Avoiding bank fees begins with finding the right bank account for your lifestyle. Do you write lots of checks or use your debit card? Do you use direct deposit or do you use a teller for deposits? Understanding your preferred banking habits will help you find a bank account that doesn’t charge for tasks you do often.
Once you find the right bank and the right account, read the account disclosures thoroughly before signing anything. Though it is easy to close a bank account if you don’t like it, banks may charge you an account closing fee upwards of $30 if you close your account within the first year.
After you’ve read everything, read some more. Pay close attention to your statements to make sure you stay within the number of free transactions. Look out for low balances that may lead to high overdraft fees. Scrutinize every transaction you did not initiate; remember that banks are run by humans who naturally make mistakes.
Should you find you’ve been charged fees, ask immediately for the fee to be reversed. Be courteous but firm about having the fees reversed, especially if this is your first fee. Ninety percent of the time a bank will reverse the fee for first-timers. Also, ask what you could do to have the fees waived for you indefinitely. This may mean keeping extra dollars in the account every month or opening another account. Banks are in the business of making money and will not turn away more money for $20 in infrequent fees.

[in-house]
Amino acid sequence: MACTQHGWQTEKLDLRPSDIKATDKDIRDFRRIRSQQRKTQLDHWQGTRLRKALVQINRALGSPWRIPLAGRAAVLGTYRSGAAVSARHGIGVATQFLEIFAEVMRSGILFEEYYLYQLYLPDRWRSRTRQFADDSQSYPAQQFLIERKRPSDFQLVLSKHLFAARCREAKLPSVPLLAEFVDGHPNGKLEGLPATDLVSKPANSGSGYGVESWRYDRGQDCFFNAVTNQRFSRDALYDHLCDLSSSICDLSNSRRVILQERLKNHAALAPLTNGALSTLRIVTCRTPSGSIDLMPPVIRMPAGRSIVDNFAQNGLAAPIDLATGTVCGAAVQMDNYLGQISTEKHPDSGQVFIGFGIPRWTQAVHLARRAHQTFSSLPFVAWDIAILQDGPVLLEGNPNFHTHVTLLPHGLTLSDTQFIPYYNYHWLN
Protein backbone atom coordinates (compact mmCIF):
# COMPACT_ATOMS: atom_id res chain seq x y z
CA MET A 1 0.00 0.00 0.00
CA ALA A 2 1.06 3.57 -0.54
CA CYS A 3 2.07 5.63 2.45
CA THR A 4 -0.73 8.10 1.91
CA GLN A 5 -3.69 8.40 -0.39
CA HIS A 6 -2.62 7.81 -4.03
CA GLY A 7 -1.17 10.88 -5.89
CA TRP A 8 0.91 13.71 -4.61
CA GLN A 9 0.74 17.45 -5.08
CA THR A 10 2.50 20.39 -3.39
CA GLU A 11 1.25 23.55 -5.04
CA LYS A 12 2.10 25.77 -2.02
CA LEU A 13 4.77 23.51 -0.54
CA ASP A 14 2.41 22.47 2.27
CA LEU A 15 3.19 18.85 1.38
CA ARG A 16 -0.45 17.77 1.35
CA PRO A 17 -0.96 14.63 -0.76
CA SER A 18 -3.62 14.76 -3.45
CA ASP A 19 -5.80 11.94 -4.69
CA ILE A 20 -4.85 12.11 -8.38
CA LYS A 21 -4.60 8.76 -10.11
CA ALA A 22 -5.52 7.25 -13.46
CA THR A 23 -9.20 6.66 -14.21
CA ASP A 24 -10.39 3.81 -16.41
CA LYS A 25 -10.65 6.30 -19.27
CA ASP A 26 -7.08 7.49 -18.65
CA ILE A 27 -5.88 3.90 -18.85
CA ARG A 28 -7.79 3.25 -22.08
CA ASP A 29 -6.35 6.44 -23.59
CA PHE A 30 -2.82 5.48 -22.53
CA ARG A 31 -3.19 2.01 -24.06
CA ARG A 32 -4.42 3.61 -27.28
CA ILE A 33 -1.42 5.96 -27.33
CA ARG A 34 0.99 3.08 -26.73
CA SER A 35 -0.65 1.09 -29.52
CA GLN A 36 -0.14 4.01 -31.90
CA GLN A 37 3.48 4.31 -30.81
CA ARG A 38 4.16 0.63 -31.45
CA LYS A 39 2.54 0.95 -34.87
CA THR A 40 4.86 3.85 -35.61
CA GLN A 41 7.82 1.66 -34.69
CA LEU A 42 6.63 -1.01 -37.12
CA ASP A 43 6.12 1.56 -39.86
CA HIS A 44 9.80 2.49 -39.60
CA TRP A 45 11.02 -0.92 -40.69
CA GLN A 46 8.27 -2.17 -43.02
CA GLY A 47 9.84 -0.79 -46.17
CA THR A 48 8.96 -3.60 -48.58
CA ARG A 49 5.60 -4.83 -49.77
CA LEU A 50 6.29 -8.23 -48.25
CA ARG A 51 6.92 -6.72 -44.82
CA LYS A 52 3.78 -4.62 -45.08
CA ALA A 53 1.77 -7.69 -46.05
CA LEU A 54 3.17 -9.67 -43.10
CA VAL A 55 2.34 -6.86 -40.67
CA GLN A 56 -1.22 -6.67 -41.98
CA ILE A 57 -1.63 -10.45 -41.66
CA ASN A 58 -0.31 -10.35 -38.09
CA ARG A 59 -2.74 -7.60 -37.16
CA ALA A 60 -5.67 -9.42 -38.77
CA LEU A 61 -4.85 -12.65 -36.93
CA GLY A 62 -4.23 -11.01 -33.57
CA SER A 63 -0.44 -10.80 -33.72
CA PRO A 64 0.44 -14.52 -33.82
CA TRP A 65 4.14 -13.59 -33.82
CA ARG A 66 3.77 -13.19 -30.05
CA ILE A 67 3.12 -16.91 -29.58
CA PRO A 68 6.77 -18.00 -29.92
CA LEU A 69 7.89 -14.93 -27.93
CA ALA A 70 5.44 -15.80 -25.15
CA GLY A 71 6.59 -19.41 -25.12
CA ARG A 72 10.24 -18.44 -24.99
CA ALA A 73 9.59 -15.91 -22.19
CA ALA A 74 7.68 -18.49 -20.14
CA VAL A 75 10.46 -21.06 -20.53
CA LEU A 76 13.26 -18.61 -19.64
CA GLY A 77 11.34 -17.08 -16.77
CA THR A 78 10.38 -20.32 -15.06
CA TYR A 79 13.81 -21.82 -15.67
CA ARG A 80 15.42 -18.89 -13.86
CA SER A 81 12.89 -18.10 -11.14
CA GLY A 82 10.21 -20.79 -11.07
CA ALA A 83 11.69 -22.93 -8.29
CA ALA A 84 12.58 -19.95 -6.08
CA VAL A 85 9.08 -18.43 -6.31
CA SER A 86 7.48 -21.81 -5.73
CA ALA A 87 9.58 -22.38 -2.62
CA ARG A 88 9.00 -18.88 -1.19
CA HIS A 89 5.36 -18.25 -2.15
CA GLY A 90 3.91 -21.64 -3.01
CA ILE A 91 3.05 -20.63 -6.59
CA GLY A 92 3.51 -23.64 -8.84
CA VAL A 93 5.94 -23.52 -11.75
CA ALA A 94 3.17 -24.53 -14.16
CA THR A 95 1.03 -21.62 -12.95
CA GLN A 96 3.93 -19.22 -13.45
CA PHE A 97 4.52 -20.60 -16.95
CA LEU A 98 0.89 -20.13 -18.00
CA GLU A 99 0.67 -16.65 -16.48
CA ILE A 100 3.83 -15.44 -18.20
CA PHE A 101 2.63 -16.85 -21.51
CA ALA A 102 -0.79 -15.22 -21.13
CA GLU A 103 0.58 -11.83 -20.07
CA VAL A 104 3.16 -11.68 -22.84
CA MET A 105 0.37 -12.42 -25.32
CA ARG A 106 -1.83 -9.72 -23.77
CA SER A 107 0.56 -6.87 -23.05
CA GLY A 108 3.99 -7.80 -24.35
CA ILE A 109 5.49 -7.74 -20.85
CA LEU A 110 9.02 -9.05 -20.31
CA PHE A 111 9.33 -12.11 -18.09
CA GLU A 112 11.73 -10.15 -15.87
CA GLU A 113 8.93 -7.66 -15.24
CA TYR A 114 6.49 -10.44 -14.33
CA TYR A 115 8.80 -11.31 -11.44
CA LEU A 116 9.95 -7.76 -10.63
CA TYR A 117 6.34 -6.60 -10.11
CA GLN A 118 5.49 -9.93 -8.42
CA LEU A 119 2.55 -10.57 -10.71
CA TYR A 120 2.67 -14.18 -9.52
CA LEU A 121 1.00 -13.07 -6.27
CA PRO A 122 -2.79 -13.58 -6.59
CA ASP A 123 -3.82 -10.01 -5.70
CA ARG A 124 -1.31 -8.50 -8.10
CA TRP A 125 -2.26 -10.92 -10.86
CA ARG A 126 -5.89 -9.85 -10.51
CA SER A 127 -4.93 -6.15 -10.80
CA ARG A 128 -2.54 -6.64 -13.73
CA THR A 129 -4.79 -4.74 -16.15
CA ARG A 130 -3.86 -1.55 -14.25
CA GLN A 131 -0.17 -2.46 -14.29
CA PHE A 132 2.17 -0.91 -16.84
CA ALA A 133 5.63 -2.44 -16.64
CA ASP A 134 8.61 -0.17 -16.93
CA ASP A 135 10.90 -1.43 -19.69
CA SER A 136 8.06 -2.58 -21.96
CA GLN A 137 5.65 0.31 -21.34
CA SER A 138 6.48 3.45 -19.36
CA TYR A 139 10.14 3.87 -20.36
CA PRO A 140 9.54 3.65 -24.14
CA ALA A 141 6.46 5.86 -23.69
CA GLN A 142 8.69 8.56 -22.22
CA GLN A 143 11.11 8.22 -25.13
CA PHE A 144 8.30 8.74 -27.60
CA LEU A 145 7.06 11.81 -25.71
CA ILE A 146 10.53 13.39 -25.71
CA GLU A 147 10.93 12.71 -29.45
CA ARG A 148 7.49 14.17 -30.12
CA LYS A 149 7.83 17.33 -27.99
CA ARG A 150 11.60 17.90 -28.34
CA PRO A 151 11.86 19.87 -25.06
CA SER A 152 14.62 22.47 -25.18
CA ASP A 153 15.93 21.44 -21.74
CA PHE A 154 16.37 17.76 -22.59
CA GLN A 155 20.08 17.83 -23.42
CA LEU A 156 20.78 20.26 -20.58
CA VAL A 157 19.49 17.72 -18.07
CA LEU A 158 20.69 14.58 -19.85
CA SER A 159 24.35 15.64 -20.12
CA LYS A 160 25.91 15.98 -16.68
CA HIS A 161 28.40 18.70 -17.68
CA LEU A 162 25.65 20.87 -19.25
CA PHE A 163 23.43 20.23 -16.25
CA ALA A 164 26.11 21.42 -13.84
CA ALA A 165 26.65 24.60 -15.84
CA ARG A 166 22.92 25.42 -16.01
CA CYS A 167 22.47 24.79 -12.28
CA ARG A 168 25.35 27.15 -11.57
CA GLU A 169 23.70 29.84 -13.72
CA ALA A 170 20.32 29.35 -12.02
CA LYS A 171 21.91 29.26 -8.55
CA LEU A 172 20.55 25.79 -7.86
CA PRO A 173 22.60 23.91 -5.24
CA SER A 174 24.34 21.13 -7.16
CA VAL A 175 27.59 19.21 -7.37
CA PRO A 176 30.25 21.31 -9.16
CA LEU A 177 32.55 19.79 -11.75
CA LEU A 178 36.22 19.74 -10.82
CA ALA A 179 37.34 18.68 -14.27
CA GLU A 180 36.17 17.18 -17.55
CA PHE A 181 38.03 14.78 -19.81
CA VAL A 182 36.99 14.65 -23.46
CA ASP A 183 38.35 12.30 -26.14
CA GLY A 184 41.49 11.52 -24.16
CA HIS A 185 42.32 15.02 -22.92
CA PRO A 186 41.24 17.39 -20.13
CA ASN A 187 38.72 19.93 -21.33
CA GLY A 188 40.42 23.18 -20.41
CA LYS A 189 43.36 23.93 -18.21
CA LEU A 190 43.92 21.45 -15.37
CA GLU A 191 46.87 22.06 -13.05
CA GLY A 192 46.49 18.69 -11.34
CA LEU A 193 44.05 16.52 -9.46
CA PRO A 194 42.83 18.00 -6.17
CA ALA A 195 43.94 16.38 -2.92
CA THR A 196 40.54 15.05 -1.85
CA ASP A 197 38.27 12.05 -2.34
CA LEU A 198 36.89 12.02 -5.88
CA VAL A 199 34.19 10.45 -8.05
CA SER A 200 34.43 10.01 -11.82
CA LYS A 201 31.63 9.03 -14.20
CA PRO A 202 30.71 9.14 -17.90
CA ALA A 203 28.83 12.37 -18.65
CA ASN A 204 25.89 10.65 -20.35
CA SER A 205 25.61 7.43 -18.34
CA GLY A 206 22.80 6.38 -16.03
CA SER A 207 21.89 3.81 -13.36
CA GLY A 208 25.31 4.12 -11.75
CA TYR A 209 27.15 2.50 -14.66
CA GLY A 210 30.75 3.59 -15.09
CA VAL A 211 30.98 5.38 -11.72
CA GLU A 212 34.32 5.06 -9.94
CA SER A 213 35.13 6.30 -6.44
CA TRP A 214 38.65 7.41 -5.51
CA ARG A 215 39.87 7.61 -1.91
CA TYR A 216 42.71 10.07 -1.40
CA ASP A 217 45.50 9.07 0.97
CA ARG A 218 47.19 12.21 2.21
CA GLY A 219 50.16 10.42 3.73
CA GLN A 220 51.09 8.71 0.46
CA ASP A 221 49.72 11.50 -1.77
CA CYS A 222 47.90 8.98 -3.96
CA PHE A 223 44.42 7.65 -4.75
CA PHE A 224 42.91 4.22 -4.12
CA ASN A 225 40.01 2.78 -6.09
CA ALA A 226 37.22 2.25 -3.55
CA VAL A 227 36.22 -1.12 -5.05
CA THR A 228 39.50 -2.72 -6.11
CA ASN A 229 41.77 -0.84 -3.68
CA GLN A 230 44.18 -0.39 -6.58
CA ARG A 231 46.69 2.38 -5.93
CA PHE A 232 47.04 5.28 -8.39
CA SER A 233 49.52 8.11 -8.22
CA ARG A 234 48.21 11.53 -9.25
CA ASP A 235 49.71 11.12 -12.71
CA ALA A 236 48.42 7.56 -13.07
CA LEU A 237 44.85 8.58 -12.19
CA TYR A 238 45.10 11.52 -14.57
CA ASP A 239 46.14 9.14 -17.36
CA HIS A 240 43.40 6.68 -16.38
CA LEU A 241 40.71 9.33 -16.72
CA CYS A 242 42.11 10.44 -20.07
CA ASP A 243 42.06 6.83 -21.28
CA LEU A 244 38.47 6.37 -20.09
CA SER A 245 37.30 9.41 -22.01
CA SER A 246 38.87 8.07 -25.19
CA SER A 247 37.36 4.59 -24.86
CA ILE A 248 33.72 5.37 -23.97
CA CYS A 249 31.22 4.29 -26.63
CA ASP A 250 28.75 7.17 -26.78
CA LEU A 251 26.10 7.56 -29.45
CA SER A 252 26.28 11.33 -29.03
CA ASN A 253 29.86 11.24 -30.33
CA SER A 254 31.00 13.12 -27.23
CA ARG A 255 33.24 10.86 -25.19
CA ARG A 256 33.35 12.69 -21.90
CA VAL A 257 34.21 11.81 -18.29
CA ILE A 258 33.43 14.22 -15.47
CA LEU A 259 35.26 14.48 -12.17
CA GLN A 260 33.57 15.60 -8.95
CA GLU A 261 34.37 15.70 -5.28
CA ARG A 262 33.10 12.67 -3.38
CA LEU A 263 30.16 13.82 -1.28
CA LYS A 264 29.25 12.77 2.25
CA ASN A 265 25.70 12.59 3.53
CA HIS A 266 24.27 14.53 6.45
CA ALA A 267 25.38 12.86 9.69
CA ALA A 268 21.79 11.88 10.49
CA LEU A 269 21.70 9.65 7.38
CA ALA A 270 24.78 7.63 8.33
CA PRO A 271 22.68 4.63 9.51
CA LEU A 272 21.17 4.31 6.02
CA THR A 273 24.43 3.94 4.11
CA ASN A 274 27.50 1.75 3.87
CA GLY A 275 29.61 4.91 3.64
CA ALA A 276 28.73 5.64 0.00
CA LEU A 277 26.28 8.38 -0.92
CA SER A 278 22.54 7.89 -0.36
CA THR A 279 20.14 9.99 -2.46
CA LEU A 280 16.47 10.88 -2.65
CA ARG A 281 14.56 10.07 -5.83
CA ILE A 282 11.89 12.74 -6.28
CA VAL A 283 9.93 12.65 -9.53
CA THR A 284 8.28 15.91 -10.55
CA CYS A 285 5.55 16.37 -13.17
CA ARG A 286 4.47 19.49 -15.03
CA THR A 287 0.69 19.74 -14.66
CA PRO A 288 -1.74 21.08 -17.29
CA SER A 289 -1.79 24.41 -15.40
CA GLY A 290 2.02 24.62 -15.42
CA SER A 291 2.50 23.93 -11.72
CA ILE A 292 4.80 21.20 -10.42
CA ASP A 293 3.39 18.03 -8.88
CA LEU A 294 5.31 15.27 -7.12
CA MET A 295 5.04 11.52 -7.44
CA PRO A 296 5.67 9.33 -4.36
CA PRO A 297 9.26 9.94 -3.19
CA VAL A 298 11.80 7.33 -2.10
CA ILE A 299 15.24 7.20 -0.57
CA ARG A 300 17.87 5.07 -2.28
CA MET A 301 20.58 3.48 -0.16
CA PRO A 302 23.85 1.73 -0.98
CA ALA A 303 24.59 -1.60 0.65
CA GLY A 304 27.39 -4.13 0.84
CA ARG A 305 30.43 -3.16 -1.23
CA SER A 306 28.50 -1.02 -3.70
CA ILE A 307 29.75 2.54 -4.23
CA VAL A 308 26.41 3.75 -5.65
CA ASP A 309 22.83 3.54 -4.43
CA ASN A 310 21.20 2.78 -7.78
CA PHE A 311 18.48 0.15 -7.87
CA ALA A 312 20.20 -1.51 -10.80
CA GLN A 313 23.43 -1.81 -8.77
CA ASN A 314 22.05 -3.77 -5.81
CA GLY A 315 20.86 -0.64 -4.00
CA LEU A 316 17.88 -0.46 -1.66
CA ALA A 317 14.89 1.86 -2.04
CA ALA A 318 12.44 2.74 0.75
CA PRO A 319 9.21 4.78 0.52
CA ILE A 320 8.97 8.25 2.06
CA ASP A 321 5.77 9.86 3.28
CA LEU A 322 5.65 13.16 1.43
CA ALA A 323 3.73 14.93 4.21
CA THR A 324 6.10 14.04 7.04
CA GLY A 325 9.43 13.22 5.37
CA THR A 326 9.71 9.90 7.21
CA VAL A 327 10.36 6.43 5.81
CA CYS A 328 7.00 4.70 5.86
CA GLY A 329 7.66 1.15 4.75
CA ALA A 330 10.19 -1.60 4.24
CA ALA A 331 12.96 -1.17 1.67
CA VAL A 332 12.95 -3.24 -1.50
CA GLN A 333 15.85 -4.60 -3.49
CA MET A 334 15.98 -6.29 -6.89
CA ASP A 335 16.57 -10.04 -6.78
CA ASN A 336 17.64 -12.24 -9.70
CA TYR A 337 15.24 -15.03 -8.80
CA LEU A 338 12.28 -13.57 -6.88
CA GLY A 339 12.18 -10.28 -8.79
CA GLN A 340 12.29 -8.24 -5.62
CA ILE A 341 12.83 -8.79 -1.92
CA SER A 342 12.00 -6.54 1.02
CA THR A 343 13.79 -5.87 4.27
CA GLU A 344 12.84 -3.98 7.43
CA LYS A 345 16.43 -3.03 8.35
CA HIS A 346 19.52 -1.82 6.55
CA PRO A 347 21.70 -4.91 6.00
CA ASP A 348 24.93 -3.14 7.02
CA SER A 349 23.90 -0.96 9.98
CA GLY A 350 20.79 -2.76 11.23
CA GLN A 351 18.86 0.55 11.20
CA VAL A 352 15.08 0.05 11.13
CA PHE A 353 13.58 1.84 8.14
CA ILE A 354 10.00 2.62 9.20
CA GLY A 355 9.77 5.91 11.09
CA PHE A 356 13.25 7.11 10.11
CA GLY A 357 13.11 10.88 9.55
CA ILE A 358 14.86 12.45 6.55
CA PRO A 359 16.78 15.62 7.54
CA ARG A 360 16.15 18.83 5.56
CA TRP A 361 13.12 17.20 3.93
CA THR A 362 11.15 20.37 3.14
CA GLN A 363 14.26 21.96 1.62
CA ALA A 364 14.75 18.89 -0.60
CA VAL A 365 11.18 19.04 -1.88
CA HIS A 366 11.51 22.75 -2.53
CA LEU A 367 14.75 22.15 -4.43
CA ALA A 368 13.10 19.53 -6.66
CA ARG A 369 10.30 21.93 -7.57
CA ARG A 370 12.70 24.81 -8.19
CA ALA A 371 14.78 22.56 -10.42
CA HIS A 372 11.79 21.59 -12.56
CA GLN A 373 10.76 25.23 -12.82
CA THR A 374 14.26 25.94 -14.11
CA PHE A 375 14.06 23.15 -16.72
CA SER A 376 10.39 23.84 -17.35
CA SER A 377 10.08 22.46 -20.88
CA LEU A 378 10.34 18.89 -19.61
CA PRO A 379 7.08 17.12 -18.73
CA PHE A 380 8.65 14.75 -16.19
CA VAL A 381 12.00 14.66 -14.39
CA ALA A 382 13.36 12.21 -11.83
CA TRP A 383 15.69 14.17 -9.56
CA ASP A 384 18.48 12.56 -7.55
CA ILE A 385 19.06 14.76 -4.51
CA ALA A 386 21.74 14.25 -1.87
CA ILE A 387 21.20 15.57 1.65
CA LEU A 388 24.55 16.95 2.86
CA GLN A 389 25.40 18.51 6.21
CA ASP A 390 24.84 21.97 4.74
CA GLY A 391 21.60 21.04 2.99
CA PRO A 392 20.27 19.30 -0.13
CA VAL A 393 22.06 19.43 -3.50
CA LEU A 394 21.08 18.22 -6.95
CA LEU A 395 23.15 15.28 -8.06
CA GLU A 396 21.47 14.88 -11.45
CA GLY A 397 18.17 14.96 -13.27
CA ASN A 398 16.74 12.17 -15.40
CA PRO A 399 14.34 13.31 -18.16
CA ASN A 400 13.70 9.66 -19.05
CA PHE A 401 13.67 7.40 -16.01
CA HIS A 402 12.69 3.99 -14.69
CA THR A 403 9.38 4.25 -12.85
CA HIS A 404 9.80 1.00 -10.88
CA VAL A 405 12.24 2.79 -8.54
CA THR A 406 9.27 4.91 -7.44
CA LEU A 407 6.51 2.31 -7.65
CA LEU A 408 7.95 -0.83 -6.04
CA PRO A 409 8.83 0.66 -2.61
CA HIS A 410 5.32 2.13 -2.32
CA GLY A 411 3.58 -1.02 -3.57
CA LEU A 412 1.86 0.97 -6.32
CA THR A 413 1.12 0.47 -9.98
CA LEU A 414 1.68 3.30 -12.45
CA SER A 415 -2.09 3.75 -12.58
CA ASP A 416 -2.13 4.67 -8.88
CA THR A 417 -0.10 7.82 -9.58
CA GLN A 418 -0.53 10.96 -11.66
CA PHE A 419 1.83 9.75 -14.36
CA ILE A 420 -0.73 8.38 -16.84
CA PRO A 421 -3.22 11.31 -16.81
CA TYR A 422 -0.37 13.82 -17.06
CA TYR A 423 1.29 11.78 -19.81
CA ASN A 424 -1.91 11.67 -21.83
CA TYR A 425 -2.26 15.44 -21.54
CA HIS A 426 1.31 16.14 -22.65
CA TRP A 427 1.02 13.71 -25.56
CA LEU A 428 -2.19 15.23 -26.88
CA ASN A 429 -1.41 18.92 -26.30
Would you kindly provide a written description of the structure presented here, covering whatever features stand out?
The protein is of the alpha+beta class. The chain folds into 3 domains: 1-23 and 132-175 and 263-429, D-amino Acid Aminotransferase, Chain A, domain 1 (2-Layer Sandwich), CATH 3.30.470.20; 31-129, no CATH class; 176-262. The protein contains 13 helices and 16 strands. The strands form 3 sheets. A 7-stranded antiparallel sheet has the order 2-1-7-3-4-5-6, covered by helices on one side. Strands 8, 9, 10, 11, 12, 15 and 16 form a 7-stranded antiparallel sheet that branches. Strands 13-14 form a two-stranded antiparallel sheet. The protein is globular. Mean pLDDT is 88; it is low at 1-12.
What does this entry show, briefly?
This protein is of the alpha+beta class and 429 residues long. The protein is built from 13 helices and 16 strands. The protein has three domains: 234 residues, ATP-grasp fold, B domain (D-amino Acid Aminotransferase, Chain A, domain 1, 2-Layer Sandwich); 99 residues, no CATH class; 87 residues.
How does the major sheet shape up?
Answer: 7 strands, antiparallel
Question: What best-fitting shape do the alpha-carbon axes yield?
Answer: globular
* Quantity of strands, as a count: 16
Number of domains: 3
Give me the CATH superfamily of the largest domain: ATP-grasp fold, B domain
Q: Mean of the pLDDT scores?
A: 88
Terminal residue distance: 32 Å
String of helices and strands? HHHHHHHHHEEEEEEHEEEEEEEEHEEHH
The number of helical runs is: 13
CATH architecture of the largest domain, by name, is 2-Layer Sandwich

Lastly, if you’re still being charged fees, re-evaluate your bank and their accounts. With the greater accessibility of the Internet, anyone can find a bank near or far that can satisfy their banking needs. Look at websites such as www.bankrate.com for up-to-date interest rates and fees associated with all types of accounts at banks across the nation. They even provide links to the bank so that you can open an account immediately online.
Banking is not a service-oriented industry, but a sales-oriented industry. By knowing the ins-and-outs of your bank and their accounts and by keeping tabs on your account activity, you can beat the bank at its own game, maybe making a buck or two at their expense.